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Real-world Study Suggests Need for Earlier Diagnosis of Non-alcoholic Steatohepatitis



A new real-world study found that patients with non-alcoholic steatohepatitis (NASH) are often not diagnosed until an advanced stage, and have a high burden of comorbidities, especially cardiovascular comorbidities, suggesting the need for early diagnosis and further research into the burden of NASH.

Data from the AWARE study was presented at the 17th Annual Cardiometabolic Health Congress, held October 19-22, in Boston.

NASH is estimated to be present in 3%-6% of the US population and has been associated with end-stage liver disease, type 2 diabetes (T2D), and cardiovascular disease (CVD), according to study authors led by Jeffrey Lazarus, PhD, of the Barcelona Institute for Global Health. Lazarus and colleagues examined the association of NASH with comorbidity severity scores and CVD comorbidities, which have not been widely studied.

Researchers collected data from a large US health care dataset covering October 1, 2015, to December 31, 2020. Records were included for adults with a NASH diagnosis and no evidence of hepatitis B or hepatitis C, excessive alcohol use, or liver transplant prior to NASH diagnosis, and with no evidence of pregnancy or cancer during the study period. Statistical significance of differences in comorbidities and severity scores between cirrhotic patients (CP) and non-cirrhotic patients (NCP) was assessed, according to the study abstract.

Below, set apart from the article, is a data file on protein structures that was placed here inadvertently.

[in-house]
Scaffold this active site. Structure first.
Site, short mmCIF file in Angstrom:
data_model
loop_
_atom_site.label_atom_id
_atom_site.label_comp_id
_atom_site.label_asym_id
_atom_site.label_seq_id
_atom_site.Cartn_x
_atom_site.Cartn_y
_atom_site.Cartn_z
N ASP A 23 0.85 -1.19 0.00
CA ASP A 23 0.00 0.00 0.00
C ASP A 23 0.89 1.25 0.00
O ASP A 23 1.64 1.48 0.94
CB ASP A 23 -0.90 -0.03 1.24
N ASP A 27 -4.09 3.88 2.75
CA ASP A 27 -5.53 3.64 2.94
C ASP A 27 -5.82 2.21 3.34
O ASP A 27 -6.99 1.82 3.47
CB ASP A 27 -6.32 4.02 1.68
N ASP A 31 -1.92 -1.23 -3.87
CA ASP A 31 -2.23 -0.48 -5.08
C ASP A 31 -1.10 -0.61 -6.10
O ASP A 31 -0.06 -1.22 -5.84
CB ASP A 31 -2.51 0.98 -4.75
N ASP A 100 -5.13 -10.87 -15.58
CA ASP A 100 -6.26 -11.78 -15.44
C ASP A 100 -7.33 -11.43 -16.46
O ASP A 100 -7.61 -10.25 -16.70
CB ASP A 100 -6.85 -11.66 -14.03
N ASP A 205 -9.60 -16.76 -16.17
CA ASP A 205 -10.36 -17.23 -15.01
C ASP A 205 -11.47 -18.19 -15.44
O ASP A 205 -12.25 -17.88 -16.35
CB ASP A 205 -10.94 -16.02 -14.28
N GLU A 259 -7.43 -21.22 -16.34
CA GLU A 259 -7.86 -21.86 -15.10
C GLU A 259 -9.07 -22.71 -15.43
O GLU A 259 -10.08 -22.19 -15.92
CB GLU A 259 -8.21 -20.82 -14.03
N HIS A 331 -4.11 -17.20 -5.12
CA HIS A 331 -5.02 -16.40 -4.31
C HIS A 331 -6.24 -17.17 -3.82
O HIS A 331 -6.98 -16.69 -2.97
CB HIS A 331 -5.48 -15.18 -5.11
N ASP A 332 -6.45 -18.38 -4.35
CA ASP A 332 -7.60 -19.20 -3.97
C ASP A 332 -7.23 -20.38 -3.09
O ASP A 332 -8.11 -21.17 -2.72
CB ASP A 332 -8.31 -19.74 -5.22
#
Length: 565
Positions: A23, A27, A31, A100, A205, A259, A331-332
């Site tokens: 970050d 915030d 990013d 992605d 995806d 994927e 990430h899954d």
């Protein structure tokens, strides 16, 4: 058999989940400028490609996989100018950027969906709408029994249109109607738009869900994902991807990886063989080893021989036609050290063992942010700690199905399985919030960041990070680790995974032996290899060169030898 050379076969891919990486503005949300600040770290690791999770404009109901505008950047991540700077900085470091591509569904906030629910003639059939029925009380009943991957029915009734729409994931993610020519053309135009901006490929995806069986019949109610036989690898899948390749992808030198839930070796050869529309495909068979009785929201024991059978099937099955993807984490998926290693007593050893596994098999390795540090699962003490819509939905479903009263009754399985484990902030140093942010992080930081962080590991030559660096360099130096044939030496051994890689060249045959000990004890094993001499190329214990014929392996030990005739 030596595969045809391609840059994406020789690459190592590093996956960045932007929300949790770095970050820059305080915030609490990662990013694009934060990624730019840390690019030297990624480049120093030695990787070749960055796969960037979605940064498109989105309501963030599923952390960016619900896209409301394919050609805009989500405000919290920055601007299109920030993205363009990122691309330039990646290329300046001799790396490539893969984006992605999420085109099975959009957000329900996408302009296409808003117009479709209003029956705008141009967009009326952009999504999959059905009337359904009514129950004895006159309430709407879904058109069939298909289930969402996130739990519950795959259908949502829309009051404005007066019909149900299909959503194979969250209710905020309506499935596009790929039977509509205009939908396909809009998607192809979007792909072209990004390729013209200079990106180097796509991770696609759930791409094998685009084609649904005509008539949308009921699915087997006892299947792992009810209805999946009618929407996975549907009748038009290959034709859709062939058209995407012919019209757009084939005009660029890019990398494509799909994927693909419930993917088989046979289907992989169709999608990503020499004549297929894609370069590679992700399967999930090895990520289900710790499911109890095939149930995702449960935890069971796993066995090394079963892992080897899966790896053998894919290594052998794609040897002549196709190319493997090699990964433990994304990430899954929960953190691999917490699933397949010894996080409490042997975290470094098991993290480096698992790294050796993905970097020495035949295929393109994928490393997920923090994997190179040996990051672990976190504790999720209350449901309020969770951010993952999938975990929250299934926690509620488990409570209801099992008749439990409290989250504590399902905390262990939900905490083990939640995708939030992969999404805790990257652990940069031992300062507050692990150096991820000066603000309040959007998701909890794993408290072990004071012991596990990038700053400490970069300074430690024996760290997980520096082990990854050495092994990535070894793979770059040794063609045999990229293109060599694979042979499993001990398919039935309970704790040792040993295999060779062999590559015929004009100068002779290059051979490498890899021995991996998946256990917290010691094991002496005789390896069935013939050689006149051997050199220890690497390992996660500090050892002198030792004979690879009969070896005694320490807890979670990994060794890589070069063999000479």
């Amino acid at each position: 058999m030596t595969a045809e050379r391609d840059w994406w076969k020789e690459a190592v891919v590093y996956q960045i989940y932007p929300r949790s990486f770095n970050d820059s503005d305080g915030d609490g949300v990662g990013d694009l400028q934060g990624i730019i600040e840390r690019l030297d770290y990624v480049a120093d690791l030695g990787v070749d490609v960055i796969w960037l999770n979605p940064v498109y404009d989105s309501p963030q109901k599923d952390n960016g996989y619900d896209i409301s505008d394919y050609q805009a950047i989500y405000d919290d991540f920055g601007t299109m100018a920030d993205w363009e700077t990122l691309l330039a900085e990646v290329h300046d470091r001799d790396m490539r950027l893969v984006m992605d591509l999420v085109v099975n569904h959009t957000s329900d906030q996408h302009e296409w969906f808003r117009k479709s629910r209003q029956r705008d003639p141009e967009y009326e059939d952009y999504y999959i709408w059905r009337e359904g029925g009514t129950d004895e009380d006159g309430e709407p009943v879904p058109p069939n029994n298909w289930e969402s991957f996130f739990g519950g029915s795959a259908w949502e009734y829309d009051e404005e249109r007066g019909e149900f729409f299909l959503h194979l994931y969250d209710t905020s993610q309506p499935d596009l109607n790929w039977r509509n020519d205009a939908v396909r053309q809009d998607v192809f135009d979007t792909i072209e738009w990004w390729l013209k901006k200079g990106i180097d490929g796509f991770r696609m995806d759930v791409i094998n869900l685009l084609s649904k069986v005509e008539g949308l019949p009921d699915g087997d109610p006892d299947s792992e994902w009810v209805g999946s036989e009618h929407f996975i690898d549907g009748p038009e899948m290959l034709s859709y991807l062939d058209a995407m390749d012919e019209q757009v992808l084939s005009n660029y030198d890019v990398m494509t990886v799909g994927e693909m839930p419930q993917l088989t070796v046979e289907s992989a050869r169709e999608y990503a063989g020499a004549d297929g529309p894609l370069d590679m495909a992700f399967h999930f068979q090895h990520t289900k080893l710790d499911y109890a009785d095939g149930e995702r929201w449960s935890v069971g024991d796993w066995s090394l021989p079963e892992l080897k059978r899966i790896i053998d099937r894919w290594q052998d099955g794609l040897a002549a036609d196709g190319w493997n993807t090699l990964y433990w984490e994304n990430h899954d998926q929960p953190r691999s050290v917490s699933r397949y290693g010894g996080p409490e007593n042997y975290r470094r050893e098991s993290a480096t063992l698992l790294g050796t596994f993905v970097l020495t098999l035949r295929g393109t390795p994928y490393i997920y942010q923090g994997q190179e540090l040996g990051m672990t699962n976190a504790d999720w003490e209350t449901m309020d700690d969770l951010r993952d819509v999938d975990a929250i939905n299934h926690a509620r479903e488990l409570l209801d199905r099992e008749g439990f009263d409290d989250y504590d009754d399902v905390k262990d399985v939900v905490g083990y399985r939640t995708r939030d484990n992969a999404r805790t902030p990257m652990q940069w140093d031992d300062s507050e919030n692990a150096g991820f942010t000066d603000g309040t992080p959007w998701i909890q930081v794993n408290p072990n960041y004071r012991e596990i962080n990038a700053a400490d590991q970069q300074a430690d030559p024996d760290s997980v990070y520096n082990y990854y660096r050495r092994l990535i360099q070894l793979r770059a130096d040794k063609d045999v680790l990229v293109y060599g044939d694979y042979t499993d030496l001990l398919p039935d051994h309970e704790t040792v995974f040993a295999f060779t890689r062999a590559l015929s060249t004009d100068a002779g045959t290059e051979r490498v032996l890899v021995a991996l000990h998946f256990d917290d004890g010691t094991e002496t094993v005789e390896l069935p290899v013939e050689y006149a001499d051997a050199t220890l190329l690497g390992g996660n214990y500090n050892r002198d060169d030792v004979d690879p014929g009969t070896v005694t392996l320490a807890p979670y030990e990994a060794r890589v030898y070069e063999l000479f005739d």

Of the 4989 patients diagnosed with NASH, 489 were included in the CP arm and 4500 in the NCP arm. Compared with NCPs, CPs were older (mean age 59.6 vs 52.2 years), and a larger proportion were women (62.4% vs 55.2%) and had non-alcoholic fatty liver disease (NAFLD; 67.4% vs 56.5%).

In addition, CPs, compared with NCPs, were more progressed in terms of NASH-relevant biomarkers (aspartate transaminase:platelet ratio index, 1.09 vs 0.62; Fib-4, 4.68 vs 1.56; NAFLD fibrosis score, 1.74 vs –1.13; all p<.001 for NCPs vs CPs), and HbA1c (7.1% vs 6.9%).


Lazarus et al found that for all the comorbidities evaluated prevalence was higher among participants in the CP arm vs the NPC arm, as reflected by Quan-Charlson Comorbidity Index score.

In a univariate analysis specifically focusing on CVD-related comorbidities, CPs had a significantly higher prevalence for atherosclerosis, atrial fibrillation and flutter, cardiomyopathies, cerebrovascular disease, ischemic heart disease, peripheral artery disease (PAD), heart failure, and esophageal varices compared to NCPs (all p<.001, except for PAD [p=.0016]). Moreover, in a multivariate analysis that focused on atherosclerotic CVD, the odds ratio for CPs vs NCPs was 1.34 (95% confidence interval, 1.02-1.78; p<.05).

In addition, investigators found that prevalence of T2D, chronic kidney disease, and diabetic neuropathy was higher in the CP arm than NCP cohort.


A higher percentage of CPs were receiving medication for diabetes than NCPs. Prescribing of CVD-related medications was high among both CPs and NCPs; however, a higher percentage of CPs were prescribed these medications than NCPs, noted investigators.

“This study found that patients with NASH are often not diagnosed until an advanced stage, suggesting the need for greater disease awareness to avoid diagnostic inertia and to better assess the burden associated with NASH. These data also suggest that NASH correlates with a higher risk of developing comorbidities, especially CVD and T2D, particularly as patients progress to cirrhosis,” concluded investigators.

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